"How long?" shouts Charles Bradley, and it's like an electric shock, and an existential question. It's King Lear raging in the storm. Mahalia Jackson or Martin Luther King, asking when will the misery of segregation end? Set my people free. For Bradley, it's a question about all the world's woes, but it's also very personal. As Bradley tells SOUND TRACKS reporter Marco Werman in this "Quick Hits" interview, his moment in the sun has been a long time coming.
Born into poverty, growing up with no parents around, Bradley describes how he was saved from homelessness and addiction by Lyndon Johnson's Job Corps. His religious faith and occasional gigs as a James Brown imitator known as "Black Velvet" kept Bradley "keeping on." But his dream of being a singer in his own right -- his own man -- was a dream deferred until Daptone Record's co-founder Gabriel Roth discovered Bradley singing in a Brooklyn bar. With support from producer Thomas Brenneck and backing from the Menahan Street Band, Bradley is now making up for lost time. No surprise that his first album -- after all these years -- is called "No Time for Dreaming." There's work to be done.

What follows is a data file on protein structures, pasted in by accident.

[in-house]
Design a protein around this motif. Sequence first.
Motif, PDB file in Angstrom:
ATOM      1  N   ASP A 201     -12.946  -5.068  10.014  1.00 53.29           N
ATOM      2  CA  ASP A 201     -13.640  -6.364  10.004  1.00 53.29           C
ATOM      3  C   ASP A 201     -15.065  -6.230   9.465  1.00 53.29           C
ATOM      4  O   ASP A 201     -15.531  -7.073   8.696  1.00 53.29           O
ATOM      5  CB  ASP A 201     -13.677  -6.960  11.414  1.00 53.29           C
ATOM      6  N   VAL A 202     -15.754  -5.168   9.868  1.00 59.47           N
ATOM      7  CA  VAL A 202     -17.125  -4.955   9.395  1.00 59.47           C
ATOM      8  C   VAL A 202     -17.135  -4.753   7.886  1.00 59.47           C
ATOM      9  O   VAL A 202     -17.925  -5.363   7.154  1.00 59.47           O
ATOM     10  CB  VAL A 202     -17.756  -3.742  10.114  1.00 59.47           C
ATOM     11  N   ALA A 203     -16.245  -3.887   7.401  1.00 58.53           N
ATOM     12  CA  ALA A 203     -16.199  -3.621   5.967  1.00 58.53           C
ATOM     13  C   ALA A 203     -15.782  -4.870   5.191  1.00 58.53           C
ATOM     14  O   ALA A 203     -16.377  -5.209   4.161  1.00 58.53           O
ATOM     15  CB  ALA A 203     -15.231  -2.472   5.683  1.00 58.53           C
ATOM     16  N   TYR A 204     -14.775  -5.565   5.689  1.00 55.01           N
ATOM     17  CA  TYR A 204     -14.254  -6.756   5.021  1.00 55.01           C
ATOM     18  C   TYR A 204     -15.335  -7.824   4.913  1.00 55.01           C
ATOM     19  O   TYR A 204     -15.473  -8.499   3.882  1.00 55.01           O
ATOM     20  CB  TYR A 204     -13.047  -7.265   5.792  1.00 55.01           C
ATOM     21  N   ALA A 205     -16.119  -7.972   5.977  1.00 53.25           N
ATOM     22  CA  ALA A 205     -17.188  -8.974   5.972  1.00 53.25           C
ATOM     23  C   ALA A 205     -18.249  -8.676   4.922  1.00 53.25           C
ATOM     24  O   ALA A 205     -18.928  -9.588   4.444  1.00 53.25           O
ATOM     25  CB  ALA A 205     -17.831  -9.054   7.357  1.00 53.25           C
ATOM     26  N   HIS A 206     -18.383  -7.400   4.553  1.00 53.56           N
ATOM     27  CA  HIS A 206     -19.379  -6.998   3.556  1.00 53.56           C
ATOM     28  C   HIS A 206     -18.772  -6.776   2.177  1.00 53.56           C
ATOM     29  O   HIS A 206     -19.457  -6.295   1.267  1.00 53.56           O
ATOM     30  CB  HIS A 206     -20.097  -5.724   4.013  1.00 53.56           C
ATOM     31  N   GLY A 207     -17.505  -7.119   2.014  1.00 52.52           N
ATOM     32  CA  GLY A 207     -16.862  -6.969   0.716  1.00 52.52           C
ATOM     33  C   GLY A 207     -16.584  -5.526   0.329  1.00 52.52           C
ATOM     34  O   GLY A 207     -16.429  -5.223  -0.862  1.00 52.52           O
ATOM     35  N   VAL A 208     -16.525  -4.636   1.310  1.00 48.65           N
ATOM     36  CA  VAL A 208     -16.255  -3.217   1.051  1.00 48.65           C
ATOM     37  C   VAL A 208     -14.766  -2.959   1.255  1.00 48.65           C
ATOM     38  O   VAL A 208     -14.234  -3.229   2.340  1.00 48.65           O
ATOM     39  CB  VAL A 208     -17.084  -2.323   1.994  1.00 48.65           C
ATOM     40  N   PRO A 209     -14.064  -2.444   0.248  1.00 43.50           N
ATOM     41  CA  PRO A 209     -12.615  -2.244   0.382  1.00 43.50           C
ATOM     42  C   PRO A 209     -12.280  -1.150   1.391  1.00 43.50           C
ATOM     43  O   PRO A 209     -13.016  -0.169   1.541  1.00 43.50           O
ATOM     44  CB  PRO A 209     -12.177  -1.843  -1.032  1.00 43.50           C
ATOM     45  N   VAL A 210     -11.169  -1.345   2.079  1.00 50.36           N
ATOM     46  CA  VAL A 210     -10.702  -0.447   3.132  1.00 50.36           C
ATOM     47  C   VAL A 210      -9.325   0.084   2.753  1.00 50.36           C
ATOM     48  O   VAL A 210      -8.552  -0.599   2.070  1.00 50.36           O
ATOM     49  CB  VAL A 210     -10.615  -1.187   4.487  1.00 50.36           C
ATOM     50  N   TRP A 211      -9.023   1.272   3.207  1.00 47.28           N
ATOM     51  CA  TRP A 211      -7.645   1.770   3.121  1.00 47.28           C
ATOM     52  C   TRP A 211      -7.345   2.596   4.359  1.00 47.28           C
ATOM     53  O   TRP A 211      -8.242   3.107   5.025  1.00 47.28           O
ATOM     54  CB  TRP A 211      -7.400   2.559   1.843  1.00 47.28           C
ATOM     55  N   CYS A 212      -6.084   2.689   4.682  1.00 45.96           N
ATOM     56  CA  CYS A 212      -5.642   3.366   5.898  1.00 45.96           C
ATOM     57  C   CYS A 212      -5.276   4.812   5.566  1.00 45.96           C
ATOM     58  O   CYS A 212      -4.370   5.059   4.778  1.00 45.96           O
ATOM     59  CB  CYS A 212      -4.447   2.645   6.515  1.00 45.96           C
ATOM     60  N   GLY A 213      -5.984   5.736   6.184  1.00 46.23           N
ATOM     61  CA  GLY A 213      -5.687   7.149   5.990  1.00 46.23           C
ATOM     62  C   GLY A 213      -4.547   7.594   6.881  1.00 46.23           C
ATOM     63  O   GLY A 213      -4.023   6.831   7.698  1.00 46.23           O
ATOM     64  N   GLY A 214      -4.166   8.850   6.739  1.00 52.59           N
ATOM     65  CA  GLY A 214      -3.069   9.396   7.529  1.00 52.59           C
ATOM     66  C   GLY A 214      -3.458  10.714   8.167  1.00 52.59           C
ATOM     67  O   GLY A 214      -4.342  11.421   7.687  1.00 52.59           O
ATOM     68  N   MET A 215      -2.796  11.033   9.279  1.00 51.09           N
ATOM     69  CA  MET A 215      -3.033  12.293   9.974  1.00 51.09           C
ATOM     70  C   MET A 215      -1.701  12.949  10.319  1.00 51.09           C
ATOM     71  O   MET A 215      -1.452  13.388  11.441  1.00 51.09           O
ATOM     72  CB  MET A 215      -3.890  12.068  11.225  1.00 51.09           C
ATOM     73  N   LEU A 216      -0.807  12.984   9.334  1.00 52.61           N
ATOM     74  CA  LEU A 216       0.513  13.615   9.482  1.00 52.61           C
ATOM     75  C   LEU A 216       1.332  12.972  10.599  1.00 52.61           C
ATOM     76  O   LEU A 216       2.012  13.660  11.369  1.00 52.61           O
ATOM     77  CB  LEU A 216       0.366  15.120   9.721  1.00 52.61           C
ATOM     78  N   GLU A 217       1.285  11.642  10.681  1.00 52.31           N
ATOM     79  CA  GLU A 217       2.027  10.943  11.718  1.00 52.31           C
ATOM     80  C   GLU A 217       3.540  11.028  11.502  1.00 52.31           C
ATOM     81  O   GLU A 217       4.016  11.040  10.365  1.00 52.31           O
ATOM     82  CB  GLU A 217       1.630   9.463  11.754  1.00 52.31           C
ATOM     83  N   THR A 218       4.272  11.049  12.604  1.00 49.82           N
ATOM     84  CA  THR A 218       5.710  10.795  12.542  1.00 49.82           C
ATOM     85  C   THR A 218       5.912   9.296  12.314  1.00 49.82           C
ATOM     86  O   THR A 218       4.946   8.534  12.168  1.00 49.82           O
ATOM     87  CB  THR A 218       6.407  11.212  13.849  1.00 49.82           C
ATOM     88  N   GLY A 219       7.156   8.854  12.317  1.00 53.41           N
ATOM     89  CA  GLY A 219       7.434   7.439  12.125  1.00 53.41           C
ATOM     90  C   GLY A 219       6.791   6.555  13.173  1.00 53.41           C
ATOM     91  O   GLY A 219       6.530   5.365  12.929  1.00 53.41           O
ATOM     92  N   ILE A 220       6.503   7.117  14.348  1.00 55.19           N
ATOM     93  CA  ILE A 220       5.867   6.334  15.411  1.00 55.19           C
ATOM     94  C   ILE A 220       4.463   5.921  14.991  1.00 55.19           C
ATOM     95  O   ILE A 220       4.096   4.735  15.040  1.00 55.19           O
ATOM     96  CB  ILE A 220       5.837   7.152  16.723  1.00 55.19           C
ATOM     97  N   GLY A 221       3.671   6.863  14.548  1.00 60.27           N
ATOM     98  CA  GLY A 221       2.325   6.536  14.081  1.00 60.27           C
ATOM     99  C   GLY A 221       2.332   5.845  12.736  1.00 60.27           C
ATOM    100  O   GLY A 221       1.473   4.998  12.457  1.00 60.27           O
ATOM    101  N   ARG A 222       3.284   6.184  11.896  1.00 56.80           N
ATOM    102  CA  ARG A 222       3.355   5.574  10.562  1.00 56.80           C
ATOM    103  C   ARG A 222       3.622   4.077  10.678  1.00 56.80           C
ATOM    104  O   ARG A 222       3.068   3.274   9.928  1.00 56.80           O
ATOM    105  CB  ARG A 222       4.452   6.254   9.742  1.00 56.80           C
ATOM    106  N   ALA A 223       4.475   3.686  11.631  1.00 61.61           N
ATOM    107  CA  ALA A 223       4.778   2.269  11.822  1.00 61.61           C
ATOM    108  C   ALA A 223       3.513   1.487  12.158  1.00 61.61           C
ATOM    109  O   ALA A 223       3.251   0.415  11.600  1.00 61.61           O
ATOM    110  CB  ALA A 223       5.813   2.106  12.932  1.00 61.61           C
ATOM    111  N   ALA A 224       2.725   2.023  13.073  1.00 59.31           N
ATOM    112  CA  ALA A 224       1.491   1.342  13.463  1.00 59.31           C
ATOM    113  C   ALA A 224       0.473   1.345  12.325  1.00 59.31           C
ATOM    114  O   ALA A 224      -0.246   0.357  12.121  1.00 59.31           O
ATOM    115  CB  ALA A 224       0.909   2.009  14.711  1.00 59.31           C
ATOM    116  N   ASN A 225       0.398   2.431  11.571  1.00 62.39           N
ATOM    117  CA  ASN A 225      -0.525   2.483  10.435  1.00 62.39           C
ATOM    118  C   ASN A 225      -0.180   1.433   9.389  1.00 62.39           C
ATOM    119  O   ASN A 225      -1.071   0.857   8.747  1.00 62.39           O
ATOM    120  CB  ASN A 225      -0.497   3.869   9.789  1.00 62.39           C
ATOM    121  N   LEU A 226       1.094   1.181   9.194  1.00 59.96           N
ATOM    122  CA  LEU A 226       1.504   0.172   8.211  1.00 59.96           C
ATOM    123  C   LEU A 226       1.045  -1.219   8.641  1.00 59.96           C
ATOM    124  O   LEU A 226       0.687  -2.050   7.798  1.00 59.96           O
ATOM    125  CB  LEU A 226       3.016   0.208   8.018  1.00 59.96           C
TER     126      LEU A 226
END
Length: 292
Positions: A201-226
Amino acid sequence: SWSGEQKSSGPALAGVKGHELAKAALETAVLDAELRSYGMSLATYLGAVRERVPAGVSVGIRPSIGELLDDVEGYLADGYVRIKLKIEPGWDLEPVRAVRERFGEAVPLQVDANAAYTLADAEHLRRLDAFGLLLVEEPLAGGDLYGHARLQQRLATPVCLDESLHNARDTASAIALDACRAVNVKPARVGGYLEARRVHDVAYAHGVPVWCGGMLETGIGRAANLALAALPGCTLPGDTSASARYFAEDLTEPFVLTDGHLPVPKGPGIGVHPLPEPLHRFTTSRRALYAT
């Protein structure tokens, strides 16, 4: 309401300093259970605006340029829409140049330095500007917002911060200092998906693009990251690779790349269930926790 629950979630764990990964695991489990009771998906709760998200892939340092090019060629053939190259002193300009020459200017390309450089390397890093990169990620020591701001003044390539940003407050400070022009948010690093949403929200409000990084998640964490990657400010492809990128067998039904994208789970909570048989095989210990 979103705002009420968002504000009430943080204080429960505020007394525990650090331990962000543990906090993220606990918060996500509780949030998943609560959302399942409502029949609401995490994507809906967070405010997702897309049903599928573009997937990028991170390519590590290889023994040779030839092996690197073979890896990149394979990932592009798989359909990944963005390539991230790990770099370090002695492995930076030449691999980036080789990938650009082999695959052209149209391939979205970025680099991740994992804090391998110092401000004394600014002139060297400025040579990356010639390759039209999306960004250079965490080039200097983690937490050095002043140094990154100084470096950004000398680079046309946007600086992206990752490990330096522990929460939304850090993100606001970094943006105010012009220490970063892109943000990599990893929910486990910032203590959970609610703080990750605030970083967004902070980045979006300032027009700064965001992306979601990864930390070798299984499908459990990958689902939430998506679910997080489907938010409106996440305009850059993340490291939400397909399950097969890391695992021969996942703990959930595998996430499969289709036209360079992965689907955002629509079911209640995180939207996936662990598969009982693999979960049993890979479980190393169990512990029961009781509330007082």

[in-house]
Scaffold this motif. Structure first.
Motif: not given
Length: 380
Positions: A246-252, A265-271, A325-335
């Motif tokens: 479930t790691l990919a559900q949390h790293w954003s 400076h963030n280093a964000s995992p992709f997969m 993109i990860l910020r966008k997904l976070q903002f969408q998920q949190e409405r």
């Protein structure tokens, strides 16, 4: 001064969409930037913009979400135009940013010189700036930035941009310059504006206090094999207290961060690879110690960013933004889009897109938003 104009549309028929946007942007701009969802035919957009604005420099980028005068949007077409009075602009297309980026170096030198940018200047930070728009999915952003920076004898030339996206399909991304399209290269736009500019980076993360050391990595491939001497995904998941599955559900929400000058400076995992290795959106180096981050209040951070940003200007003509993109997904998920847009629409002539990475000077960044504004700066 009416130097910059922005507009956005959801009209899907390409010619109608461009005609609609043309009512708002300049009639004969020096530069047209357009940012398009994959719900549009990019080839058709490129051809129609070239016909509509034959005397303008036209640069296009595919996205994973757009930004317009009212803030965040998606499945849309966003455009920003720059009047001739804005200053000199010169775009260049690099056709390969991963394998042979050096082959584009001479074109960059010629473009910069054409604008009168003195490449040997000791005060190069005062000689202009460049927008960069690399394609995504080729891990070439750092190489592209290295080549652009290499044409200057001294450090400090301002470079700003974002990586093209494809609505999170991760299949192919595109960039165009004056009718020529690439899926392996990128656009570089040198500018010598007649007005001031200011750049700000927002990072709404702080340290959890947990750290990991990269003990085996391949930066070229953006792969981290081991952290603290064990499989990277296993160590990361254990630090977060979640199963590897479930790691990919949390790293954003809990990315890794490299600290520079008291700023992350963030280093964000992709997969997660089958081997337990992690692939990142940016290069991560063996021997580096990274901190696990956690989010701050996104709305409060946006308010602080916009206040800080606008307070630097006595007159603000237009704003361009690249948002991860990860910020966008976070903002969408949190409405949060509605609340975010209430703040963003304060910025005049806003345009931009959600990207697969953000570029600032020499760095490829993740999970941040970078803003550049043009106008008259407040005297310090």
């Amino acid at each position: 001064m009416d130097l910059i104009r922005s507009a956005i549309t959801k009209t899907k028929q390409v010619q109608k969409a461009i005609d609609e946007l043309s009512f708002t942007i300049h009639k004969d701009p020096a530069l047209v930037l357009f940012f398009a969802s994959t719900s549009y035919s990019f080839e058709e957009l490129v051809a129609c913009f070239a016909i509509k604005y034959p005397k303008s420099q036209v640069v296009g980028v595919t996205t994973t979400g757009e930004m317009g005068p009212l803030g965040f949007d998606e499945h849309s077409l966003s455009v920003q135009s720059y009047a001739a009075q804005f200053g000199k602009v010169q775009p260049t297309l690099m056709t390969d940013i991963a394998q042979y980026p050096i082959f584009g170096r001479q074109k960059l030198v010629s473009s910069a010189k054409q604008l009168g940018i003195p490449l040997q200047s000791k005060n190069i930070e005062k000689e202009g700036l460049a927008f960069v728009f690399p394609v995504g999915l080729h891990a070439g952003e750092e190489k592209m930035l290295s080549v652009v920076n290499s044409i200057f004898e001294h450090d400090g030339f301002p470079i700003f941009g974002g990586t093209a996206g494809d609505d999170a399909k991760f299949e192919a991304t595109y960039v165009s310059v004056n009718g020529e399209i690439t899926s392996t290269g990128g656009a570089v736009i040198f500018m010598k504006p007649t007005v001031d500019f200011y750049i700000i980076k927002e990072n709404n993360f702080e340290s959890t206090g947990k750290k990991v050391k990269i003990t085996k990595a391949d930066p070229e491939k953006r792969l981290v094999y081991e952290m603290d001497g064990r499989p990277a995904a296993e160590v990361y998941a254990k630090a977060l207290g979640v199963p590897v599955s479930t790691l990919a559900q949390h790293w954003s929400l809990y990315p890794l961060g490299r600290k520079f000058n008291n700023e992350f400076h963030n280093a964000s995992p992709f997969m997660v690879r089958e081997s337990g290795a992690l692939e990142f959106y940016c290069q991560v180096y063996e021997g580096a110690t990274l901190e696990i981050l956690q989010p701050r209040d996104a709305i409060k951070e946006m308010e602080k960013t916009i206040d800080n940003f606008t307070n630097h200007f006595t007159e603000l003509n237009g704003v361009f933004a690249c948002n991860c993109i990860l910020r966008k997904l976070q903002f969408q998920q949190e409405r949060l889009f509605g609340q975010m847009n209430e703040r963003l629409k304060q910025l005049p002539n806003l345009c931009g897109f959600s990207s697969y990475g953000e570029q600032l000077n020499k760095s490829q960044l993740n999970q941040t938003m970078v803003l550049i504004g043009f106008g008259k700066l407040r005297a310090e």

Charles Bradley's official website: http://www.thecharlesbradley.com/
Daptone Records: http://www.daptonerecords.com/
Segment presented by Sound Tracks: http://www.pbs.org/opb/soundtracks/